At this year’s WWDC 2019, Apple has introduced a new, privacy-focused sign-in option for apps and websites. It’s exciting for users, but what does it mean for developers and engineers?
It was a headline-grabbing move from Apple. In an age where our personal data is treated as currency, Apple basically promised you’d keep more of your money (so to speak) with its new option. Sign-In with Apple is a button developers can add to an app or website that acts just like any other social sign-in button (which, as we’ve noted, are hard to avoid).
This allows users to sign in with a flow they’re familiar with, because of Facebook and Google’s own buttons, but without trading all their data. Sign-In with Apple does everything other sign-in options do, but keeps user data private; more critically, it alleviates developers from needing to capture and contain user data. Users can choose to share their email with developers for communication purposes, or Apple can return a bespoke email address unique to that app and user. This email goes through Apple’s exchange, so you can still communicate with users as needed; it’s just a “buffer” so users don’t give up data unwittingly.
The button will allow developers to request information from users, but Apple cautions against being overzealous about that. It wants you to consider why you need that data before asking for it; and if it’s not necessary, don’t ask for it.
It’s perfect for 2019 and beyond, when privacy concerns are at the forefront. But should developers actually use it?
Apple is taking a hard stance on Sign-In with Apple. It requires the button for developers who use social sign-ins in their apps, which has sparked a bit of controversy. It strikes me that Apple wants to force a privacy option where it knows others aren’t respecting user privacy. Everyone using an Apple device has an AppleID, after all, and that’s all it takes to enable the button.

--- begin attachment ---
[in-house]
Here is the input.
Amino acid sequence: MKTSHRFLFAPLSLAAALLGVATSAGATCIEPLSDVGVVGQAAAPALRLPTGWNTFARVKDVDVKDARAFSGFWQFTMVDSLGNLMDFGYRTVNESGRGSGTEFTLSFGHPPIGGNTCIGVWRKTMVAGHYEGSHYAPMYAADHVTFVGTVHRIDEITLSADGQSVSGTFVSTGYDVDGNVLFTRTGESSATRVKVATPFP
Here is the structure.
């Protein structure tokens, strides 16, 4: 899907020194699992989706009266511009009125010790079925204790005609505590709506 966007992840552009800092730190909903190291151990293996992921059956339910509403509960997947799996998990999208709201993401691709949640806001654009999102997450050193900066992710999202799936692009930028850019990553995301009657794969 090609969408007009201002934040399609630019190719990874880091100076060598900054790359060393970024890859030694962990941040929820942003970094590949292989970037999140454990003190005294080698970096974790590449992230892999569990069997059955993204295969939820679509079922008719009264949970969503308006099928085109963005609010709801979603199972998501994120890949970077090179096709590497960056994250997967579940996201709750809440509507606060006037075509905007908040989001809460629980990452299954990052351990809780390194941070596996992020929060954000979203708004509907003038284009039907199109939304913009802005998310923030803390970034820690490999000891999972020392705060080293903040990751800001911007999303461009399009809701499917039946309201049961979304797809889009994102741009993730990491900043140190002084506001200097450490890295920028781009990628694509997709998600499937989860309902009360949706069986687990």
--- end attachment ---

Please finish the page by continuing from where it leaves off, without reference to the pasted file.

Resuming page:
It’s worth mentioning that the Apple sign-in button is mandatory to implement when other social options are used, but not mandatory for users. If they want to use a Facebook or Google sign-in, that’s their choice. It also doesn’t mandate an iCloud email address; if a user is using Gmail or other @-address for their AppleID, that’s fine.
(Let’s also admit we’ve all been using Facebook and Google sign-ins because it’s easier than creating our own, even if you use something like Firebase.)
I can also say this move has been welcomed by developers. At WWDC 2018, in particular, a low rumble began amongst those in attendance: If Apple cares so much about privacy, why doesn’t it have its own sign-in for apps? And judging by the reception Sign-In with Apple received during the WWDC 2019 keynote, it’s clear developers got more than they thought they wanted in terms of privacy and security. Sign-In with Apple isn’t reactionary, either; this is the right time and it’s the right service… done the right way.
Sign-In with Apple also isn’t overkill. Developers can integrate this sign-in option with a simple on-boarding, and you don’t have to worry about what’s happening to user data. Developers will also know if the user trying to access their app is a bot. As Apple writes: “It uses on-device machine learning and other information to provide a new privacy-friendly signal that helps you determine if a new user is a real person or an account you might want to take another look at.”
Implementing the button isn’t really difficult, and one early adopter told me during a media scrum it took about a day to implement fully. It may require a bit of a redesign for your app or service, and there’s still some back-end coding to do, but it’s not really difficult compared to some other app-development tasks.
With the public increasingly aware of the data-siphoning antics that Facebook and Google engage in, those social sign-in buttons are starting to look problematic. We’re not sure Apple’s aggression about adding its own sign-in button is the right move… but it’s also not the wrong move. It’s still in beta, so it won’t be required for quite some time, but it’s also time developers start paying closer attention to how user data is handled. Right now, Apple is at the forefront of user privacy, and that’s worth applauding.